Meanwhile, collaboration has become the cornerstone of successful organizations. But collaboration often comes with a risk. The number of cyberattacks will grow as employees increasingly use collaboration tools to maximize their company’s productivity. This is because these tools can provide new points of entry for hackers looking to cause damage. This issue could become more serious as we will see more radical collaboration tools in the days to come. Fortunately, there are always going to be readily available solutions.
Here are three ways in which an organization’s security can be compromised due to increased collaboration.
A wolf in sheep’s clothing: Companies collaborate with suppliers, vendors and customers in the cloud every day. Consider this scenario: A supply chain executive receives an automated weekly email with an MS Excel file from their logistics partner, giving the estimated time of arrival for products. A cybercriminal somehow discovers this practice. The criminal then impersonates the logistics partner by using a similar email address. The executive doesn’t notice and downloads the attachment — an executable (.exe) file masked as an MS Excel file. When the executive opens the file, a wolf in sheep’s clothing enters the company’s network to steal trade secrets, financial data, and customer information. This modus operandi, called spear phishing, is popular globally. By some estimates, 91% of all attacks begin with spear phishing.
A betrayal: With the advent of bring your own device (BYOD), collaboration has become fairly common. Employees can now access work files while away from the office and increase their productivity. On the other hand, disgruntled employees can easily expose information or even sabotage company files. What if an employee who is about to join a competitor were to print customer contact details from a remote location? And what if this employee took this information to the new workplace? This betrayal could lead to the company losing its competitive edge.
A foreign adversary: Even governments are not immune to cyberattacks from foreign state-sponsored adversaries. Government employees may visit certain websites frequently to collaborate with employees from other departments or with their citizens. Malware placed on these sites could exploit vulnerable endpoints and compromise the devices of any visitors. Malware can also morph into more serious advanced persistent threats (APTs) that can lurk in the victim’s system for a long time. This way, these adversaries could secretly keep a tab on issues of national security and international policy. When governments can face such threats, businesses are all the more at risk.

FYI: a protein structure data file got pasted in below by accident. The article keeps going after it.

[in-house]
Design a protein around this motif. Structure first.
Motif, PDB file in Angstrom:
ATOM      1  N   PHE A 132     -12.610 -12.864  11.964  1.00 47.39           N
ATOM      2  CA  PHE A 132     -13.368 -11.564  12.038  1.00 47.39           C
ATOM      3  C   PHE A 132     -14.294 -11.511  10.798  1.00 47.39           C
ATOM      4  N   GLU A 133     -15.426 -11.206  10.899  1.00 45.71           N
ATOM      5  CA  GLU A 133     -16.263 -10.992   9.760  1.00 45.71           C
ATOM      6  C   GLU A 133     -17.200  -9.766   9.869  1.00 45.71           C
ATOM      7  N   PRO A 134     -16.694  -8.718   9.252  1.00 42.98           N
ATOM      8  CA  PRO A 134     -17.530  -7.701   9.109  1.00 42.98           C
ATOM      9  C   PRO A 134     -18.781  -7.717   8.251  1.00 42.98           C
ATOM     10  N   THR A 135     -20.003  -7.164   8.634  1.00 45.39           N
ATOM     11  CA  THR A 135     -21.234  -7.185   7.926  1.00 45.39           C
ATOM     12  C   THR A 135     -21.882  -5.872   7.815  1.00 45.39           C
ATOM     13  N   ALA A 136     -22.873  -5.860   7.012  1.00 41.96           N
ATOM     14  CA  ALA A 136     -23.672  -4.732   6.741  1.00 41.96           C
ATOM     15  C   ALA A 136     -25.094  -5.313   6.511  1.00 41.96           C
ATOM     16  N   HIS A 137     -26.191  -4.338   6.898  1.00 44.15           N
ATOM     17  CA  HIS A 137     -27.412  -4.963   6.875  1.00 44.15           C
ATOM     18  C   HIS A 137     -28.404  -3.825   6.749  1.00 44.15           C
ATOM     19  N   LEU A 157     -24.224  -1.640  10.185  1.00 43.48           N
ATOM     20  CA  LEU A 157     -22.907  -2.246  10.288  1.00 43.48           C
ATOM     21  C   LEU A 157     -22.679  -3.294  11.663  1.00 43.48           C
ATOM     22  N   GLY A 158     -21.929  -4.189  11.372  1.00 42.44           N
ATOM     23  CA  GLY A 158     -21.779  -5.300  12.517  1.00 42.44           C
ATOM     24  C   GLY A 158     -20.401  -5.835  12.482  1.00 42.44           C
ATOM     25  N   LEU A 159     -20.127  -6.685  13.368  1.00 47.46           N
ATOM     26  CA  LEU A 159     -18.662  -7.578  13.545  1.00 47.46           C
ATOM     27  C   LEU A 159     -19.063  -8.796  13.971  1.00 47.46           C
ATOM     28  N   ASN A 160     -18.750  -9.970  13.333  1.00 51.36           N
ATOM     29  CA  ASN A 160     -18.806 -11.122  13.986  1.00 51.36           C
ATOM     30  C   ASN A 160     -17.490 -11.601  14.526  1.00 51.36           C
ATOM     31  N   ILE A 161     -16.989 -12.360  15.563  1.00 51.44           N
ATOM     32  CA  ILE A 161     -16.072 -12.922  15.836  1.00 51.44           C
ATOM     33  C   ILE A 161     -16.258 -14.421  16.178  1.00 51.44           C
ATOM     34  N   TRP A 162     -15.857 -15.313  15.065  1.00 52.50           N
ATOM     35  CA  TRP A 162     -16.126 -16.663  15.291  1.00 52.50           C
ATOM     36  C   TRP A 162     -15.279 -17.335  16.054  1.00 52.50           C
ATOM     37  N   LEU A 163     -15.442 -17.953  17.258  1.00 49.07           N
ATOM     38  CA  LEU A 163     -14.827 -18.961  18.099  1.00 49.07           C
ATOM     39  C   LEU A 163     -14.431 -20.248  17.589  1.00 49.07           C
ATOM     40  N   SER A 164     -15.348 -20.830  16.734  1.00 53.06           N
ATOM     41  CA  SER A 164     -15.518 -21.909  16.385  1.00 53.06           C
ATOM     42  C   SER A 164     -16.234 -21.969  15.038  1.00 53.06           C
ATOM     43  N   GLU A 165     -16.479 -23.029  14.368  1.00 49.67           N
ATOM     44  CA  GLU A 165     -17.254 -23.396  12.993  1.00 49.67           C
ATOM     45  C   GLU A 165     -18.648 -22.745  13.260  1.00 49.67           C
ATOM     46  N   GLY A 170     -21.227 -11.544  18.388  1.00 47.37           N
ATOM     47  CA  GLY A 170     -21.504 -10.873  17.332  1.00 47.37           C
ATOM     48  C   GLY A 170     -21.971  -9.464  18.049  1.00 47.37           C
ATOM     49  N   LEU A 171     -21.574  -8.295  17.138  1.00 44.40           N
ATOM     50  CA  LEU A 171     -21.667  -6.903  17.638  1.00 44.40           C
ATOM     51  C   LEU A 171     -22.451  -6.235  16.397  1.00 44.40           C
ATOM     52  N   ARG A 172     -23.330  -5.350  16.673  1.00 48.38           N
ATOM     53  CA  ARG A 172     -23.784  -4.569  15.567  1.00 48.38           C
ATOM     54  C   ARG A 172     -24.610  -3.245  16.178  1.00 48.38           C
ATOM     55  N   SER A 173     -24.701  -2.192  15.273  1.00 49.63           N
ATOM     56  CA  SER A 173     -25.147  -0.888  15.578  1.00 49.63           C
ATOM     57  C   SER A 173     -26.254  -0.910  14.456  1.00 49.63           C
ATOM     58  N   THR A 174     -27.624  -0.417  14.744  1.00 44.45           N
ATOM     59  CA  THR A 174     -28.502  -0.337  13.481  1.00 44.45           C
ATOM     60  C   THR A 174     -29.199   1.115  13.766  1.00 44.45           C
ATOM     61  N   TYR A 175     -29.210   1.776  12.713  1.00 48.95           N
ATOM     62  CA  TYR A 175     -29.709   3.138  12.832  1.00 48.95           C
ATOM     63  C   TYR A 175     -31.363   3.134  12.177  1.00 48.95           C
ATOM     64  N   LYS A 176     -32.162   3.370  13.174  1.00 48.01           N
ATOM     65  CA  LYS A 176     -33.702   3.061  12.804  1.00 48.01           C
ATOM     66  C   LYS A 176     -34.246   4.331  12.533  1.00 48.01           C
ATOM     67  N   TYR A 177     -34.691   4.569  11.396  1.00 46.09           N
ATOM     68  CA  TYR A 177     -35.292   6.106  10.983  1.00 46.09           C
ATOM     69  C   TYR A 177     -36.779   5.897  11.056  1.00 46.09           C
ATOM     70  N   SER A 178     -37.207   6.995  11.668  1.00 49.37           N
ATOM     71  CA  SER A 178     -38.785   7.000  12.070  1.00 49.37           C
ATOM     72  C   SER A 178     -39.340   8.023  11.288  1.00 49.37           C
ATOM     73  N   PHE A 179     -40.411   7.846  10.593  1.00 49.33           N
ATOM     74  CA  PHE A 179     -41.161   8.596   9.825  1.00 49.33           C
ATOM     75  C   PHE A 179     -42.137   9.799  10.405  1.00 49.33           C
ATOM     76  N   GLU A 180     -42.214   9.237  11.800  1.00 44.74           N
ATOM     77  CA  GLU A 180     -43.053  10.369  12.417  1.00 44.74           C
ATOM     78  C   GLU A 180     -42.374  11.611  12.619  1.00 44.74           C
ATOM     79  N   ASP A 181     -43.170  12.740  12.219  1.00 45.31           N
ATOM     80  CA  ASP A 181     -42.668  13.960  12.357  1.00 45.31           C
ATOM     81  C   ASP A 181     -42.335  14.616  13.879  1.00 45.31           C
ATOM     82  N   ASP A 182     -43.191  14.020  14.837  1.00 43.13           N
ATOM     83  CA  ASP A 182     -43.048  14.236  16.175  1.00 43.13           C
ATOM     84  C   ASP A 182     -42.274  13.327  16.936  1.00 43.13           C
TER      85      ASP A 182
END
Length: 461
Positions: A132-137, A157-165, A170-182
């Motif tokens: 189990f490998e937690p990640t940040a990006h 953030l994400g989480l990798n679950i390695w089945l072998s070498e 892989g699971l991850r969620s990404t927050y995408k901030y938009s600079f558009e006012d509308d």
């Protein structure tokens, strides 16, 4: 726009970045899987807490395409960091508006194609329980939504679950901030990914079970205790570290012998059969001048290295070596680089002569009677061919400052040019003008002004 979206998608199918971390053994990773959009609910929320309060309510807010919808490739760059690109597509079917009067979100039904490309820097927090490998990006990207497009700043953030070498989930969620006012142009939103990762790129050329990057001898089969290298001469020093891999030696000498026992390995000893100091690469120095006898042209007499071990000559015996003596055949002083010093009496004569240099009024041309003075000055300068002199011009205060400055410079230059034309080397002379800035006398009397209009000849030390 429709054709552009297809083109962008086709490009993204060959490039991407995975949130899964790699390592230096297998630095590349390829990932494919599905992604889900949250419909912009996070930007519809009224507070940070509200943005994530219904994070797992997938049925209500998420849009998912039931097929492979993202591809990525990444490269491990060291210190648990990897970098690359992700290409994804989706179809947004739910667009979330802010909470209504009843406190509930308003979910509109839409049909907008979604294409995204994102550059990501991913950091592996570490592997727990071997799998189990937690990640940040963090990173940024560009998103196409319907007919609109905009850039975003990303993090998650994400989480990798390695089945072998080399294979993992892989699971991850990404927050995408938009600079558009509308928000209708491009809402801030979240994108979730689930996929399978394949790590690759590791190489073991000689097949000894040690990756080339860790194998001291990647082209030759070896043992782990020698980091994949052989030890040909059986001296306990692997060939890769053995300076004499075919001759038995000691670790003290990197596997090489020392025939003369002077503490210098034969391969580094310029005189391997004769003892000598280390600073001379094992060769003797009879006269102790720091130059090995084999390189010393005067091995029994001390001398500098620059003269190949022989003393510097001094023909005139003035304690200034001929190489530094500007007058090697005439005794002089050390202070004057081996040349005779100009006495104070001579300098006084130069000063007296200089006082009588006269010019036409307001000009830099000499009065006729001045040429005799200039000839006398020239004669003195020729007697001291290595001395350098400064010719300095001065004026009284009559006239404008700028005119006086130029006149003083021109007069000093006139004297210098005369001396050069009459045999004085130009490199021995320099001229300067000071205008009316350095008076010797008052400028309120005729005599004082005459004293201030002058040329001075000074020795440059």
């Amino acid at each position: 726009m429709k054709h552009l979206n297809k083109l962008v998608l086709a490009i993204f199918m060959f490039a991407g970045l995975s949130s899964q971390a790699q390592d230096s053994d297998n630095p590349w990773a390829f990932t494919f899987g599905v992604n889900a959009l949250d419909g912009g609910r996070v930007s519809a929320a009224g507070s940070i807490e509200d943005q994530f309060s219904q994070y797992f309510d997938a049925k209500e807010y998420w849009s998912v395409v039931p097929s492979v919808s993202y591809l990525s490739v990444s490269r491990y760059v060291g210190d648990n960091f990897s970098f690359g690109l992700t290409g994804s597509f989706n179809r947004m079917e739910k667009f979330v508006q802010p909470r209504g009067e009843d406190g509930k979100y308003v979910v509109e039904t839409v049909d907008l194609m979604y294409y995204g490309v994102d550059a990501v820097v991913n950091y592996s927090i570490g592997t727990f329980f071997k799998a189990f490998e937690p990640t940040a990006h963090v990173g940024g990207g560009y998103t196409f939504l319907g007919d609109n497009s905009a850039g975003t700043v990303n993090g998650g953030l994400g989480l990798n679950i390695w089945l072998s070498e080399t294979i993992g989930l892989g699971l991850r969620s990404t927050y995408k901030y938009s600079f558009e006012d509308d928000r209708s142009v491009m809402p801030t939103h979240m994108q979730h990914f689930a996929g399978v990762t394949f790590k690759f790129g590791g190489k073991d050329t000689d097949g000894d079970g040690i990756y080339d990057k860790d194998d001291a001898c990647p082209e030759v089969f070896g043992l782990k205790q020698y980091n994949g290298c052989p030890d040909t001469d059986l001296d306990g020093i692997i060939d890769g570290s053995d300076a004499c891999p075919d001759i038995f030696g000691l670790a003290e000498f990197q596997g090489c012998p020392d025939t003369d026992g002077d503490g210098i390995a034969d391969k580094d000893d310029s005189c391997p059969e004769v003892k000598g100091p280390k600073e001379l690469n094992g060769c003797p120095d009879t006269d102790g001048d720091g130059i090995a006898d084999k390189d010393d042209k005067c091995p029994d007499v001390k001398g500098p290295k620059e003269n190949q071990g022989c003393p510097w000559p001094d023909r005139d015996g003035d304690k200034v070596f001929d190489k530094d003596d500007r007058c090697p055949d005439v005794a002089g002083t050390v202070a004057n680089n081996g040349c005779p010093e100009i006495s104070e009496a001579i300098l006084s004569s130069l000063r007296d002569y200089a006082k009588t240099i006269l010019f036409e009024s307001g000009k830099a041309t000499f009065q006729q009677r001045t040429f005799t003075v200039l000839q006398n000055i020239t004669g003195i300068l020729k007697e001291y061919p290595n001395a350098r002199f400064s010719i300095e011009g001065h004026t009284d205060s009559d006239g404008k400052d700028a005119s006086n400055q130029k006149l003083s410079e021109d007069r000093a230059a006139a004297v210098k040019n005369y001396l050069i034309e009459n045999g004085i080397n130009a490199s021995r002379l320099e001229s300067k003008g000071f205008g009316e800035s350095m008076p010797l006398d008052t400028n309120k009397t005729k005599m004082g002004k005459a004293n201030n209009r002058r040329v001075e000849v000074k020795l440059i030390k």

To fight data breaches and defend their business, organizations must protect all entry points. Here are few ways in which organizations can defend against each of the threats identified above.
Guarding the door: Application white listing, a method of checking applications against an approved list, is effective against criminals in disguise looking for an entry point. If an unknown program tries to run, it will be barred. This is very effective against spear phishing attacks. In addition, a log management system would help to collect logs on failed access attempts and decipher whether or not they are attacks.
Guarding from inside: A privileged password management process can help organizations protect against insider threats. All privileged identities and passwords are stored in a centralized vault and only approved devices are allowed to access information from remote locations. Furthermore, companies can video record all sessions, whether on-premise or remote, for a complete record of all actions.
Defending against international threats: Software applications that analyze packet flow can detect malicious traffic hitting the network in real time. In case of a sophisticated attack, the company can immediately view the offender’s IP, the severity of the attack and the time of the attack. A detailed forensic investigation will enable the company to detect patterns and identify the source of unwanted intrusions.
In the present age of heightened collaboration, the risk of cybercrime is very high. Organizations need to defend against techniques such as spear phishing, malware and APTs, among others. Application white listing, privileged password management and network behavior anomaly detection are just three modes of defense.
And what happens in a future of radical collaboration tools?
Future collaboration tools will be even more powerful. For example, the combination of holography and brain decoding technology may create a society in which people have meetings between their virtual selves in the office. What if a cybercriminal impersonates a CEO’s virtual self and compromises the business by giving wrong instructions during a meeting? In a scenario like this, even if a criminal were somehow able to project the CEO’s hologram inside the office, the ICT team could detect the deviation if there were inconsistencies with the CEO’s known logic. There is no doubt that the future holds endless possibilities for collaboration, which we know to be integral for business success. We just need to make sure our security technology is well equipped to handle it. However sophisticated the attacks in an age of increased collaboration, a proactive ICT team will always prevail.